Necessary and Enduring Power
Matthew Elias Koch
recent scandal around Bill Clinton’s pardoning Mark Rich has called
into question the President’s absolute power to pardon. The power
to pardon is one of the few the President has without interference
from Congress. It is important to understand why the founding
fathers gave it to the President, and it is equally important
to evaluate whether their reasons are still valid today.
The absolute authority of a chief executive of a nation to pardon
is a tradition that dates back to the eighteenth century when
European monarchs had the power to release prisoners at their
whim. In the colonies, the King’s power to pardon was delegated
to the governors who after the revolution retained that authority.
The weak central government that was created under the Articles
of Confederation lacked the power to grant pardons, but during
the first constitutional convention in 1787, the authority to
pardon was given to the President. This was a time of economic
chaos, and the founders reasoned that a strong executive branch
would be able to promote stability and the President’s power could
be used to quell civil disorder. Alexander Hamilton stated that
the power to pardon gave the President the power to “restore the
tranquility of the commonwealth.”
In the twentieth century there are several cases in which unpopular
pardons have been granted in order to promote national stability.
In 1974, Gerald Ford pardoned Richard Nixon for “any and all crimes”
he committed while he was President. His decision was highly controversial
and unpopular. If Nixon had not been pardoned, the effects of
a trial and possible conviction of an American President could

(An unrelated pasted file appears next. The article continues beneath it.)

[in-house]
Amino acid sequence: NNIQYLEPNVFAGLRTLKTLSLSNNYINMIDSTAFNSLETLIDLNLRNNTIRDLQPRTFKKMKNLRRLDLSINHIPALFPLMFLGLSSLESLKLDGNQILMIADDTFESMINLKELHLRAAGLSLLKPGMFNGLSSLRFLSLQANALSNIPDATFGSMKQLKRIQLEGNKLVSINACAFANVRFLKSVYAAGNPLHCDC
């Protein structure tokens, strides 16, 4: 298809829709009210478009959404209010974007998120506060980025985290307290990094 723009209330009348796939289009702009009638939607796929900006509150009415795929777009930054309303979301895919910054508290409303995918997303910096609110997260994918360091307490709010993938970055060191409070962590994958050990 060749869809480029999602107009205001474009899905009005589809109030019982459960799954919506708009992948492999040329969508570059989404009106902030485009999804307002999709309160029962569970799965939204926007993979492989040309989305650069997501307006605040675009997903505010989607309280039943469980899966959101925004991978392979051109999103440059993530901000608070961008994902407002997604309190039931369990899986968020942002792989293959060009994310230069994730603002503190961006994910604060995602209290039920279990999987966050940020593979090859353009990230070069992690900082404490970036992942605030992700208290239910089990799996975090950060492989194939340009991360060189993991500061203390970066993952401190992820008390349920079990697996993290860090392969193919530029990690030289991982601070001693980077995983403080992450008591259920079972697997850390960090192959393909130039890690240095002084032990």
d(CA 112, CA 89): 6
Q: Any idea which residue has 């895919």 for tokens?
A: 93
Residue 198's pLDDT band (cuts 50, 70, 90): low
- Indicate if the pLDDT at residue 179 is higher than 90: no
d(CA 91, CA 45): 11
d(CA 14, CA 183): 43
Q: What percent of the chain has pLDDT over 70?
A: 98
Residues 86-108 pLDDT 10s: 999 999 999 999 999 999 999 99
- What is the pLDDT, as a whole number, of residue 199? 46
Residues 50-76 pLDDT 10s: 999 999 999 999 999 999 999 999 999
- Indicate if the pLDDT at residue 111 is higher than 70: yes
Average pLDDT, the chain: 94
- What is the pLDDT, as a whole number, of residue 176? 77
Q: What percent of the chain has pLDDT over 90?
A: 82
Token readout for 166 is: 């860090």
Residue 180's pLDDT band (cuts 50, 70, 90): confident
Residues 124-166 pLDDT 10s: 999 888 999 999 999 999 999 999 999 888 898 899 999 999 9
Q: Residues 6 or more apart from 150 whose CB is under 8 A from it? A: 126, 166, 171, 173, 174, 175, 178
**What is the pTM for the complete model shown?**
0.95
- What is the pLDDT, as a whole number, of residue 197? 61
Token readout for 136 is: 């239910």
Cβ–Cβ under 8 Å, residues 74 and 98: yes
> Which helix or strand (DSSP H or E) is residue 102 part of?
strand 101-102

have been disastrous to the nation.
Jimmy Carter pardoned Vietnam War draft resistors, allowing thousands
of Americans to live their lives in peace, without the threat
of criminal charges. This pardon was necessary to overcome the
legacy of the war and to heal the nation. It could not have occurred
if Congress or a committee had to approve.
The founders chose to overlook the risk of giving sole power to
the President because they felt the benefits of necessary and
responsible pardons outweighed the repercussions of irresponsible
pardons. When Clinton pardoned Mark Rich and others, he may have
misused his power to pardon, but this does not mean that the Constitution
should be changed. The damage that unwarranted pardons may inflict
is far outweighed by the benefits that a necessary and well-timed
pardon can offer. Consider the years of trials necessary had Nixon
not been pardoned, or the suffering of draft resistors had Carter
not pardoned them. Mark Rich has long been absent from our national
consciousness, and he will surely soon be forgotten again.
a senior at York Preparatory School in Manhattan, will be attending
Dartmouth in the fall.
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